Religion on Trial: How Supreme Court Trends Threaten Freedom of Conscience in America (Paperback)
  • Religion on Trial: How Supreme Court Trends Threaten Freedom of Conscience in America (Paperback)
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Religion on Trial: How Supreme Court Trends Threaten Freedom of Conscience in America (Paperback)

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£22.95
Paperback 200 Pages / Published: 15/03/2004
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The free exercise of conscience is under threat in the United States. Already the conservative bloc of the Supreme Court is reversing the progress of religious liberty that had been steadily advancing. And this danger will only increase if more conservative judges are nominated to the court. This is the impassioned argument of Religion on Trial. Against Justices Scalia, Thomas, and Chief Justice Rehnquist, the authors argue that what the First Amendment protects is the freedom of individual conviction, not the rights of sectarian majorities to inflict their values on others. Beginning with an analysis of the origins of the Constitution and then following the history of significant church-state issues, Religion on Trial shows that the trajectory of American history has been toward greater freedoms for more Americans: freedom of religion moving gradually toward freedom of conscience regardless of religion. But in the last quarter-century, conservatives have gained political power and they are now attempting to limit the ability of the Court to protect the rights of individual conscience. Writing not just as scholars, but as advocates of church-state separation, Hammond, Machacek, and Mazur make the strong case that every American needs to pay attention to what is happening on the Surpeme Court or risk losing the liberties of conscience and religion that have been gained so far.

Publisher: AltaMira Press,U.S.
ISBN: 9780759106017
Number of pages: 200
Weight: 318 g
Dimensions: 224 x 165 x 13 mm


MEDIA REVIEWS
Religion on Trial is a remarkable, readable, and commendable achievement. * Journal of Church and State *
Hammond, Machacek, and Mazur have produced a powerful and engaging work which documents a clear and present danger to religious freedom emanating from the Supreme Court itself. This book, accessible and engaging, should be of interest to any American open to the idea that separation of church and state is a cornerstone of real democracy and genuine moral choice. The work is infused with solid historical scholarship, thoughtful core studies, and compelling arguments for keeping a decent distance between religious institutions and government. -- Rev. Barry Lynn, executive director of Americans United for Separation of Church and State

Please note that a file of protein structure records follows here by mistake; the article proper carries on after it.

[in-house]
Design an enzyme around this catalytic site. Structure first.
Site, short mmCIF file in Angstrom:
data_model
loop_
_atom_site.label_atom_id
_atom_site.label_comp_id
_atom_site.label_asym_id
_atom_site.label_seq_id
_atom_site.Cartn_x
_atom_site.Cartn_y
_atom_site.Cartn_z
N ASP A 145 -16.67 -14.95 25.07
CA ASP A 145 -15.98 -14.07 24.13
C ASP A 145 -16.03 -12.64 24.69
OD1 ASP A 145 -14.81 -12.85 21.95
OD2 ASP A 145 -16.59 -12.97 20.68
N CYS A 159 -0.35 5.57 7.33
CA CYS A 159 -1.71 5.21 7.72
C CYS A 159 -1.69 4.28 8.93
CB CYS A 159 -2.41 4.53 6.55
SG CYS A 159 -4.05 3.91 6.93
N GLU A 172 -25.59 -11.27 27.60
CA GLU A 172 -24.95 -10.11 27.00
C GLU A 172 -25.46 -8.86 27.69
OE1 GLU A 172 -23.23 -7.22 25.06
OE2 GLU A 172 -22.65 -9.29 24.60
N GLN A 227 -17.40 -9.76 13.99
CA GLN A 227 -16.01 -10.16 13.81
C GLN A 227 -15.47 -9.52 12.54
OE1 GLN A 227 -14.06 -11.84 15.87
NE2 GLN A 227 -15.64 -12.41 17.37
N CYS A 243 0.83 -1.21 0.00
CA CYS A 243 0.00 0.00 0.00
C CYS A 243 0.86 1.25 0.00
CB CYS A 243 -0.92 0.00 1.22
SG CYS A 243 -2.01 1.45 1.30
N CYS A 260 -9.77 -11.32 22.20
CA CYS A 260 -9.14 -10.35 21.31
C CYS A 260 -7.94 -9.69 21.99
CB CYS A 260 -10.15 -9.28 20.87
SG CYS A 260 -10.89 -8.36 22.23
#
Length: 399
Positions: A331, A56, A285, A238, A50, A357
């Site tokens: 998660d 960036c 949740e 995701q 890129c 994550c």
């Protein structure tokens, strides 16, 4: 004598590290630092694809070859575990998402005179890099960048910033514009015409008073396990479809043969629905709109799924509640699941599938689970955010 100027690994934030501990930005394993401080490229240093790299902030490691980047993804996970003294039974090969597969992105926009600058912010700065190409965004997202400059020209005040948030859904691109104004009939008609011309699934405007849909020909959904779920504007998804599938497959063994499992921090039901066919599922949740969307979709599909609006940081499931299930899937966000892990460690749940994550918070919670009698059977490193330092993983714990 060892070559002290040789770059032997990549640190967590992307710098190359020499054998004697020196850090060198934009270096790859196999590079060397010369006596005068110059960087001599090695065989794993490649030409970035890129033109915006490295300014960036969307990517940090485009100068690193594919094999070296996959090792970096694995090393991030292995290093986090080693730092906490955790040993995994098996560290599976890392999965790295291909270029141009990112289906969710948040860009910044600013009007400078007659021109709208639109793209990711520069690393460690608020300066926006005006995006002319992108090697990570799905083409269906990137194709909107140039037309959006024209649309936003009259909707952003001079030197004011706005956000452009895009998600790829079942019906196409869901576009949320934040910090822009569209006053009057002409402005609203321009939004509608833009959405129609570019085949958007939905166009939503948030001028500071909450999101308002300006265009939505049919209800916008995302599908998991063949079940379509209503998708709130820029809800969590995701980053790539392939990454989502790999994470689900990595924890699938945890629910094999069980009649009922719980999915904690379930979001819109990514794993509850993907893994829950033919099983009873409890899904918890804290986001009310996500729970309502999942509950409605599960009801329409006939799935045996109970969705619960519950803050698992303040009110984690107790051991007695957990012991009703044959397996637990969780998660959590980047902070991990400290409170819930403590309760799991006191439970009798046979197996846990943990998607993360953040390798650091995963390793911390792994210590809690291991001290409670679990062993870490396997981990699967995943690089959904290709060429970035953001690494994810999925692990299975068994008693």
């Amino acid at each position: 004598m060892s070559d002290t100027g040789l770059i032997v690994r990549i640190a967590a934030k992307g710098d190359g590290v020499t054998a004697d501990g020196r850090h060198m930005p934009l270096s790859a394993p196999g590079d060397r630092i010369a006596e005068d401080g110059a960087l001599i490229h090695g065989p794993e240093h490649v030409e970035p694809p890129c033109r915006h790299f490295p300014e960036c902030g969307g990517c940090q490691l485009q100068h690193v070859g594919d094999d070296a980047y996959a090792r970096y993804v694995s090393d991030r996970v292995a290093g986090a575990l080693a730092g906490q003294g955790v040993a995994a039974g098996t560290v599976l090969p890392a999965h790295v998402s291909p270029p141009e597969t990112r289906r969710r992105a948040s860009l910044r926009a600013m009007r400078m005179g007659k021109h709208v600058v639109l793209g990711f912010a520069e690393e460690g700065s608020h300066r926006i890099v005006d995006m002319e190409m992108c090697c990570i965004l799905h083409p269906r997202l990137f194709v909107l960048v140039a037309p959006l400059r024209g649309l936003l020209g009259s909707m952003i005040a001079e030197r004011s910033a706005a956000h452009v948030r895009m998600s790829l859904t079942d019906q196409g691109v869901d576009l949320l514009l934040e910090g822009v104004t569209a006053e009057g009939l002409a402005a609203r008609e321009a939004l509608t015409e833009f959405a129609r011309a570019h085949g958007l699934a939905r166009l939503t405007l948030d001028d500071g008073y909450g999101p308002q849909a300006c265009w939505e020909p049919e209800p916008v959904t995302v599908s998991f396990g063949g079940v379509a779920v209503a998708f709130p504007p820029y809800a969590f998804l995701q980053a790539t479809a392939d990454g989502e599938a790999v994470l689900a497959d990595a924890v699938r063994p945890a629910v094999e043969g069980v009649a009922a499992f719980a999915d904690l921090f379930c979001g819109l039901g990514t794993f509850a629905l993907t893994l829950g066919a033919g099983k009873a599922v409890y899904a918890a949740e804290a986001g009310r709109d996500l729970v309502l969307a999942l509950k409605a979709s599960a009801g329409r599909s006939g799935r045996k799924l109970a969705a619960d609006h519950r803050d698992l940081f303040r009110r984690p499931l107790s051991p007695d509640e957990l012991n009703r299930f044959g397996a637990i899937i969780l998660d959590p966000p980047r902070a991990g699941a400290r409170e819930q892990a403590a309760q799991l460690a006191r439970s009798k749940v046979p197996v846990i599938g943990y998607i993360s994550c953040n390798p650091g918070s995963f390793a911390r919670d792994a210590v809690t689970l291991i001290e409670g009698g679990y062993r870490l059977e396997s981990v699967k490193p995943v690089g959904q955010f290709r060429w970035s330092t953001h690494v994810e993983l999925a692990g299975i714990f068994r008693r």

The book is scholarly, yet written for a general adult reading audience. It is unique in its thesis and makes a contribution to the literature on freedom of conscience. It is highly controversial, but once one readers agree with the book's premise, its conclusion logically follows. . . . It is a splendid book. -- Robert W. Langran, Villanova University * Perspectives on Political Science *
Well written and of quite manageable length. Recommendeddddd * CHOICE *
Religion on Trial is a book that many, including some justices of the Supreme Court, will hate. Because they assert that the regressive justices of the Court are unfaithful to the Constitution, the authors raise alarm about the present state and future of separation of church and state and its corollary, religious freedom. Thoroughly grounded in history, their argument is a paean to freedom of conscience and a cautionary tale about the current Court and allowing any more regressive justices to be appointed to the court. Those who cherish religious freedom and civil rights generally will find much to ponder, and be dismayed about, in this informative, provocative, and readable book. -- Ronald Flowers, Texas Christian University
A superb and readily accessible account of the story of Freedom of Conscience under the First Amendment of the U.S. Constitution-Religion on Trial is a powerful indictment of the 'regressive' justices of the current U.S. Supreme Court. Everyone for whom freedom of conscience is important, that is every American, should take heed. -- Barbara A. McGraw, author of Rediscovering America's Sacred Ground: Public Religion and the Pursuit of Good in a Pluralistic America
Well written and of quite manageable length. Recommended * CHOICE *
Solidly argued. * Library Journal *
Religion on Trial makes the historical debates about religion clauses accessible to a broad audience. In addition, it properly links issues of free exercise of religion to issues about fundamental rights in a manner that is usually missed by legal scholars and political scientists. Consequently, this book would be a good addition to undergraduate, graduate, and law school courses on the religion clause or on law and religion. * Law and Politics Book Review *

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